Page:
The constable is not threatening at all. He is quite at ease. He has put his cap upside down on floor. The impression created by the cap on his hair is visible. He takes out a heavy ledger from his bicycle. The child’s father starts making entries of the land and its various crops. The father is busy in calculations and entries while the child is watching the whole scene with some unknown fear troubling his mind. He particularly looks at the butt of the revolver the constable carries.
Perhaps the fear is that there might have not been any mistake and the constable might detect some wrong entry or some entry which has been missed. He makes a routine inquiry and suggests that something have been left out.
The child immediately thinks of punishment. He fears that his father might be arrested. Black holes of barracks come before his eyes. However the constable is doing his duty in a simple routine way and his approaches very business like. He holds out no threats but to the child his heavy ledger looks like a doomsday book. He is quite courteous too and says good bye to the child.
The horror of the situation is further deepened when a shadow like figure shows a glimpse in the window. The suggestion is that the anxiety has haunted the whole house and it was perhaps the child’s mother who was watching from behind the window. The constable quietly puts his things back and rides the bicycle which goes with the sound of ticked, ticked, ticked as if it was some time bomb.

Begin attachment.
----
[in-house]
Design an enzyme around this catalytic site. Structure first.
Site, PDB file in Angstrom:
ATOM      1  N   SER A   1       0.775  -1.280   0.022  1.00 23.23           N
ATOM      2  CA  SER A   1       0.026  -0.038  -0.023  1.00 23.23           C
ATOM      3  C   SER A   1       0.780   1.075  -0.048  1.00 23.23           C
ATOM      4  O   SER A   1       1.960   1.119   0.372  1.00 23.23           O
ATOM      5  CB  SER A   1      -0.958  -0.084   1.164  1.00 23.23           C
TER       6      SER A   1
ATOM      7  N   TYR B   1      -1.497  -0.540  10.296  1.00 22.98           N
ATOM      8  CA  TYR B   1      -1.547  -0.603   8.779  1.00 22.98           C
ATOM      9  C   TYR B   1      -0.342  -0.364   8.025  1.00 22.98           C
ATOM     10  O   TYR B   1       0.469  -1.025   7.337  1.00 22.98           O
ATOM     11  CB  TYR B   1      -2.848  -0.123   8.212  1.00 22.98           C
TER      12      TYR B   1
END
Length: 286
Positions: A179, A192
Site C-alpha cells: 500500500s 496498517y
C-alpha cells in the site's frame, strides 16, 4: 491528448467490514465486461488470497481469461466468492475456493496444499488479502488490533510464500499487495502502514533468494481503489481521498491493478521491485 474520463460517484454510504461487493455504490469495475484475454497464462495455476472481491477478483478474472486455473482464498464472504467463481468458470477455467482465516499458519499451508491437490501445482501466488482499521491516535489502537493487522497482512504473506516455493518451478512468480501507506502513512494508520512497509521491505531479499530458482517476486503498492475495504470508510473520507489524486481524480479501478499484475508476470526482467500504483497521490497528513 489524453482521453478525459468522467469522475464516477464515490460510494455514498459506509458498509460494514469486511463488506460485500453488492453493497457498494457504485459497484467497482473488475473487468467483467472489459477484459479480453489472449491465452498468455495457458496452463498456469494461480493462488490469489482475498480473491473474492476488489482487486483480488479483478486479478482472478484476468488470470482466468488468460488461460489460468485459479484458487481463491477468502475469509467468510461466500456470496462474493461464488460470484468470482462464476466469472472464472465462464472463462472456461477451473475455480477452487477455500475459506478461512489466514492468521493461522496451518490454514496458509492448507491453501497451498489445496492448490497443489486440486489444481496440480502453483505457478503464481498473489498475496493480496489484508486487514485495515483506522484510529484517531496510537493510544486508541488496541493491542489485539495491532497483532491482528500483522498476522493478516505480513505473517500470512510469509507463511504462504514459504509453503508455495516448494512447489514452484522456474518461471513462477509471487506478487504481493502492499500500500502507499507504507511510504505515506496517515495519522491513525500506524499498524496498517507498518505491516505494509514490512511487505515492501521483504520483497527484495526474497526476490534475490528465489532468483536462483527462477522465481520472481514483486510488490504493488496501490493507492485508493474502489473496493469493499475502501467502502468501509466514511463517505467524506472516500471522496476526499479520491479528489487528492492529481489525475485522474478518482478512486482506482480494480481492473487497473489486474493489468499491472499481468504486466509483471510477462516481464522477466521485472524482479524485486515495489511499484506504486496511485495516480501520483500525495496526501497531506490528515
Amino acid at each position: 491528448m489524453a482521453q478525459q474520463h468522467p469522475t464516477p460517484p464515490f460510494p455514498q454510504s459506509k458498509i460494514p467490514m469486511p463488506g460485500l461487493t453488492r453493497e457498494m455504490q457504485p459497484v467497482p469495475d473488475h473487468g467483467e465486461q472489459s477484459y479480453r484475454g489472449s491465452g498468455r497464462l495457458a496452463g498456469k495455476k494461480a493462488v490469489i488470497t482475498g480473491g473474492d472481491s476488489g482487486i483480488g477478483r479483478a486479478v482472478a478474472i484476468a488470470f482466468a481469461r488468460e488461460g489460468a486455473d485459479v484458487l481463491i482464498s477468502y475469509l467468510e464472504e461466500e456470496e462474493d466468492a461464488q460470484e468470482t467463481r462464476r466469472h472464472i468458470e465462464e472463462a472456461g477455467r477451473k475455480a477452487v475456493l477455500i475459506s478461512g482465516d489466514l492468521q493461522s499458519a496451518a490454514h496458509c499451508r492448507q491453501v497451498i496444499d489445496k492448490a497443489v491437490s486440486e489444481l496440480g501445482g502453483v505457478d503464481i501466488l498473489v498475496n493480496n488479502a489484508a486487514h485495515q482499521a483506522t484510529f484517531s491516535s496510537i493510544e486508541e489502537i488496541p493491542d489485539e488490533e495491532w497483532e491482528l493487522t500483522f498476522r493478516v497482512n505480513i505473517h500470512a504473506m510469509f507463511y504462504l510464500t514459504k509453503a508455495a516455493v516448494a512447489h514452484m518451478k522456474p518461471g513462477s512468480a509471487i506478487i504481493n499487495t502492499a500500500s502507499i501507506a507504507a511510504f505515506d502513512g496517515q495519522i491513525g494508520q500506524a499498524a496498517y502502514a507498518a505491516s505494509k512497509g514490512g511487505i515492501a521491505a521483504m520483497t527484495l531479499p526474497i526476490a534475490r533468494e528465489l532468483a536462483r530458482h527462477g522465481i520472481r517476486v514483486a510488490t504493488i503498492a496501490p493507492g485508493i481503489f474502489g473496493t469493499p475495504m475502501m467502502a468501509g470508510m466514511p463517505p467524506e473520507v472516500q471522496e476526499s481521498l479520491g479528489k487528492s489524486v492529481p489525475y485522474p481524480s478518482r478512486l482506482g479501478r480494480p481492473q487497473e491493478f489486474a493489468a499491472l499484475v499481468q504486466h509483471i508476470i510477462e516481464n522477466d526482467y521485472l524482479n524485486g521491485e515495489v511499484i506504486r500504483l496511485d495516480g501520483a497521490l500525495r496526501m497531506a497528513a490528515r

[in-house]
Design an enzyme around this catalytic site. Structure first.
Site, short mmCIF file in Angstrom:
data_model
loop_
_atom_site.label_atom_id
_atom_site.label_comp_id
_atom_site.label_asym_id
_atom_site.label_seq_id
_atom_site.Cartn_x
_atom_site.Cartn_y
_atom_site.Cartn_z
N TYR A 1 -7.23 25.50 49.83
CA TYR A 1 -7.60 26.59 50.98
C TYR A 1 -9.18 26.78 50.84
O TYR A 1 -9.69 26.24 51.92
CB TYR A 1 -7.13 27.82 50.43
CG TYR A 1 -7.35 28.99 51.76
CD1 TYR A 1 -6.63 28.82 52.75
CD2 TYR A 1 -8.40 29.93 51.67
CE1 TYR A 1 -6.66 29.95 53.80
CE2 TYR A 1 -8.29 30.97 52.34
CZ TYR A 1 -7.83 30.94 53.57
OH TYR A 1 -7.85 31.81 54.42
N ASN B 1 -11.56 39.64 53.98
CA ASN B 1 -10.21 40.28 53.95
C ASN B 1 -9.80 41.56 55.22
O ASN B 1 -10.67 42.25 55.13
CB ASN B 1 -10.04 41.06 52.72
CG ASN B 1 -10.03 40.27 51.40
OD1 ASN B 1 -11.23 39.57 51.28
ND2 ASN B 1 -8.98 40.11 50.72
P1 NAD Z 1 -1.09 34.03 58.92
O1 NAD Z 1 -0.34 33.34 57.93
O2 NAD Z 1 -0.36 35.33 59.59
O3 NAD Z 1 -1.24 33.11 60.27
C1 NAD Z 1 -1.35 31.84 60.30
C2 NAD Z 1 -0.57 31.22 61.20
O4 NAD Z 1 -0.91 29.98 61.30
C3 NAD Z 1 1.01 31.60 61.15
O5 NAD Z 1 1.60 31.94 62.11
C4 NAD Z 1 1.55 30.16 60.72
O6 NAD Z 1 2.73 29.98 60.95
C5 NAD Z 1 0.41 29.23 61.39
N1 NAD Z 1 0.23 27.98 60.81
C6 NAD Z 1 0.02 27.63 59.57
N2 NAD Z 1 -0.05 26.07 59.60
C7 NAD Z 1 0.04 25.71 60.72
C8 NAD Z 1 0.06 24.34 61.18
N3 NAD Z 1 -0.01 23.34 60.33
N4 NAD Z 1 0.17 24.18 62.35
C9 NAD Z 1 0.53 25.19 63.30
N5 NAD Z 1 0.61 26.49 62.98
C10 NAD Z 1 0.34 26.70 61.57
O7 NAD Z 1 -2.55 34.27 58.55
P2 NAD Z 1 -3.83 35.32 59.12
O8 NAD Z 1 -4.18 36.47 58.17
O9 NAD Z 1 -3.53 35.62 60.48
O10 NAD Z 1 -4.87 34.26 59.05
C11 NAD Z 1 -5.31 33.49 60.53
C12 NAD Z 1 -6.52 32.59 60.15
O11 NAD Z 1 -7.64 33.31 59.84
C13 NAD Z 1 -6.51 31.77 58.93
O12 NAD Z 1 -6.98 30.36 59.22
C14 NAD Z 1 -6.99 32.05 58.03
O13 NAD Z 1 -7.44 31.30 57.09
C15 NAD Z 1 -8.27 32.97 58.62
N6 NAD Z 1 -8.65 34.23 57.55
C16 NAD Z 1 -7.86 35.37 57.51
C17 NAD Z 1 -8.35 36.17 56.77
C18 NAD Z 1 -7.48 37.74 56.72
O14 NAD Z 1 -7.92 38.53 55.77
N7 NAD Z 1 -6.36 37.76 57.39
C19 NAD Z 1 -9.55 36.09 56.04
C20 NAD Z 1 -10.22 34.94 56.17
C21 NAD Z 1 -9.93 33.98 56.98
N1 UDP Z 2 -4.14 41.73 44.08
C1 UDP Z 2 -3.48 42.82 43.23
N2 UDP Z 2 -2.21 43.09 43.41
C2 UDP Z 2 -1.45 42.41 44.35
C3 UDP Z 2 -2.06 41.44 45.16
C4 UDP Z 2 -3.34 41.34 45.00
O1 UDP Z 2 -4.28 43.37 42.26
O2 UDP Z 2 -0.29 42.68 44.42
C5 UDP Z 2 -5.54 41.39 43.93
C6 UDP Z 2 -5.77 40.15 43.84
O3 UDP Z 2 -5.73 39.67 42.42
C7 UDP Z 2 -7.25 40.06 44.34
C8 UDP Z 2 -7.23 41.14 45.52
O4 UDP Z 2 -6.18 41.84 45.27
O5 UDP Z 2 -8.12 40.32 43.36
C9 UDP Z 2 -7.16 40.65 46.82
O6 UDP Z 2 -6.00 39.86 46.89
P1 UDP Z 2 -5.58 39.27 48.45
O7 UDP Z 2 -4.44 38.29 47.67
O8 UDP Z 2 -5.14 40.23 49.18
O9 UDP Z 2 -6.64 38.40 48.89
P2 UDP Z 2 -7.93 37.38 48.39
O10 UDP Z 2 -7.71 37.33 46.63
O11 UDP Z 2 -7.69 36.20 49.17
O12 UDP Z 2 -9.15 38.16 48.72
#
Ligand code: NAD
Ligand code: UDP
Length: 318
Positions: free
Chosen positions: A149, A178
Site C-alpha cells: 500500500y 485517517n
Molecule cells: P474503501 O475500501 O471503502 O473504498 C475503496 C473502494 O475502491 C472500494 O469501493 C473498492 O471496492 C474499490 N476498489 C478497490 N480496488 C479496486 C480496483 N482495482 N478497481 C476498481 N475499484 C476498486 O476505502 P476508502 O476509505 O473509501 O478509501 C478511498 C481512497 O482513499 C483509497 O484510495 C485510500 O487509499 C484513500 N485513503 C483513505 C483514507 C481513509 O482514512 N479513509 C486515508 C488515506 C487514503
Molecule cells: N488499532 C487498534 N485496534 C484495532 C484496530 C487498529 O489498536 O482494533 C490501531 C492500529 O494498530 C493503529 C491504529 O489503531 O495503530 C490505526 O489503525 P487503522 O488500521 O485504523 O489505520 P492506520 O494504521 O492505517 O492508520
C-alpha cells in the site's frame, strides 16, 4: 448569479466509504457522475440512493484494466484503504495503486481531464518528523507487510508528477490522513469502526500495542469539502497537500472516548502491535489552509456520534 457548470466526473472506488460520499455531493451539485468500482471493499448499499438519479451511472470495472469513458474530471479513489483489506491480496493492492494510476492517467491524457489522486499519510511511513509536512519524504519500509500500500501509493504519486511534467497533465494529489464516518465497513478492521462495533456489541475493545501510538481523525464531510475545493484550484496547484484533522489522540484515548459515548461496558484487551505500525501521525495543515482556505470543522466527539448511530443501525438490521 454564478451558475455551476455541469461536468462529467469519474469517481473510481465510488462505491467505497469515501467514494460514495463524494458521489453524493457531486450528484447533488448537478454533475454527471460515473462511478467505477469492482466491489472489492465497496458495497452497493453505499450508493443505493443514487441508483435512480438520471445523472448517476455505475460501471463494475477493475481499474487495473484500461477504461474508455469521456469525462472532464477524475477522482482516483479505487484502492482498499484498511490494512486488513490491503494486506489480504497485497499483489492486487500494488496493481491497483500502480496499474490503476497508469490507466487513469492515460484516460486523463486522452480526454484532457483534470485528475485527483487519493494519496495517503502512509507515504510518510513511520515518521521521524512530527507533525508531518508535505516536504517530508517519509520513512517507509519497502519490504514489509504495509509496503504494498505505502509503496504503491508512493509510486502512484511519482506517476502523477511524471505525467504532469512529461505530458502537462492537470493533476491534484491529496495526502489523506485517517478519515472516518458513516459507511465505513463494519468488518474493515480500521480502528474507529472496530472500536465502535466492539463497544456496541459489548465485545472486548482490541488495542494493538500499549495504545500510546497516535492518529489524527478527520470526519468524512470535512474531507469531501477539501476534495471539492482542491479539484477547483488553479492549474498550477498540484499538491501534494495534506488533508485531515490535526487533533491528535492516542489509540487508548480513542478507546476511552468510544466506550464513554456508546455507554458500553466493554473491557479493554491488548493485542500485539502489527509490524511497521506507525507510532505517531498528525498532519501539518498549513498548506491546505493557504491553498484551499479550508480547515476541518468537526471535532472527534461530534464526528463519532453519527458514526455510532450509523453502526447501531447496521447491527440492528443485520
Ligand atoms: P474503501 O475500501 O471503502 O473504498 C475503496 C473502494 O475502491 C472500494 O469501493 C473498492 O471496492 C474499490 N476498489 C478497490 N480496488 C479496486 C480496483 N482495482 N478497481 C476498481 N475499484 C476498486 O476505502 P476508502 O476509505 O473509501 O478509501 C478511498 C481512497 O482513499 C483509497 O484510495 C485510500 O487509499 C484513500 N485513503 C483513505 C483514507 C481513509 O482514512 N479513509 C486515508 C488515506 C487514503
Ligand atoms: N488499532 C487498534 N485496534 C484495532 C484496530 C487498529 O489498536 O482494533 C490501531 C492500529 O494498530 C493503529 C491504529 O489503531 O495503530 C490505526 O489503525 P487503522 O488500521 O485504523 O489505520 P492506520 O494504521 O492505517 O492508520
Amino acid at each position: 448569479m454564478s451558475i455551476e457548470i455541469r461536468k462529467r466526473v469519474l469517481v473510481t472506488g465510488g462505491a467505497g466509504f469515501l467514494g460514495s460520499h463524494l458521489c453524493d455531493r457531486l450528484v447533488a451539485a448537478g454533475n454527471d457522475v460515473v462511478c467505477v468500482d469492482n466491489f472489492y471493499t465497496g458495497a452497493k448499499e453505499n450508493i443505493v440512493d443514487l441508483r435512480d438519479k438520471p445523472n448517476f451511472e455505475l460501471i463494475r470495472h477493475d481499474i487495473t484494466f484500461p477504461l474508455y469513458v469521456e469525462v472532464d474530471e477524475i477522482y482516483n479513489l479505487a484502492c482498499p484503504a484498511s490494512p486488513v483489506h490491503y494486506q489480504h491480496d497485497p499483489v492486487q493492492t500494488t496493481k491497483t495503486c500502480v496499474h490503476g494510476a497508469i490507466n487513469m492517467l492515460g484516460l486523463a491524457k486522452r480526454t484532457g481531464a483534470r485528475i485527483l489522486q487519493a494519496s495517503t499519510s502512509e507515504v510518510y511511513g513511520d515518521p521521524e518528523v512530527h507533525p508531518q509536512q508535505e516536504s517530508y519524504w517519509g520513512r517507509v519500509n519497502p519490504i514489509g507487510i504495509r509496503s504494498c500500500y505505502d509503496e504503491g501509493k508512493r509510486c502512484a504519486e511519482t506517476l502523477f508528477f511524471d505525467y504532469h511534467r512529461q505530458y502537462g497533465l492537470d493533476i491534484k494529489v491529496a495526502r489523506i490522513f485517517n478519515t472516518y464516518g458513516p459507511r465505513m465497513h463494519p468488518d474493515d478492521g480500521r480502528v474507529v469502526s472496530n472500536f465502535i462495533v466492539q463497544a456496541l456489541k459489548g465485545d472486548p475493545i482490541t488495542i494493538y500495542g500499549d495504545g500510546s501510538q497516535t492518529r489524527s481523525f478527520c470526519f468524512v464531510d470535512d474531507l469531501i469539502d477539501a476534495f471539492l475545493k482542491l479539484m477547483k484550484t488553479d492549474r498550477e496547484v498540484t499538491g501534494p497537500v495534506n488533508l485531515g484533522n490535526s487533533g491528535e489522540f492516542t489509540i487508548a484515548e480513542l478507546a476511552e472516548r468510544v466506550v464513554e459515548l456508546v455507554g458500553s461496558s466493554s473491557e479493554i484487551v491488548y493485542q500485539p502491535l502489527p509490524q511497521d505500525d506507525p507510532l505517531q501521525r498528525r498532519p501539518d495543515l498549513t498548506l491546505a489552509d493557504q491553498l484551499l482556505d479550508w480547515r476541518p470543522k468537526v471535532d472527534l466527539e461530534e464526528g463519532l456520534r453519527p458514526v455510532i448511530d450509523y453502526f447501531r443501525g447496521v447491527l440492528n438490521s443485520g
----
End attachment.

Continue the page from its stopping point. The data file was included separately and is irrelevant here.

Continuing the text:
The poem gives an impression of an oppressive fear and a sense of guilt associated with that fear. Guilt and fear are prominent features of the poetry of Heaney. This poem is an allegory as well. The constable is on some investigation. A young child is looking at him. This is Heaney’s childhood experience. Heaney has been experiencing the miseries of his own family and of the Irish since his childhood. There is a state of tension. He sees something sinister in the bicycle. He believed, in a sense, that the constable is not a man. He was a symbol of terror. The chid is only looking at the books, at the cap and at and machine which are the images of terror, which have been settled down in Heaney’s childhood consciousness. The child is terribly frightened. It is a very beautiful poem of fear, mixed with an unknown sense of guilt.
‘Any other root crops’?
The constable is questioning; he is inquiring. It is an allegory of fault finding by the authorities and an allegory of fear and guilt. This fear and this sense of guilt have become a routine for the Irish. This kind of sinister visit is a routine matter. To the constable it is just a routine, but to the poor Irish grower it is a menace. So there is a sense of menace also. Menace and sense of guilt have been combined in the poem.
Official business appears to the people as a doomsday business. The constable is just doing his duty. The menace is inside. Fear has found a deep root in the people’s hearts. Everybody is tense; the father, the child, the mother.
The bicycle “ticked, ticked, ticked”—like a time bomb. So they live under a perpetual fear. Unknown, unexpected fears and uncommitted crimes haunt their minds.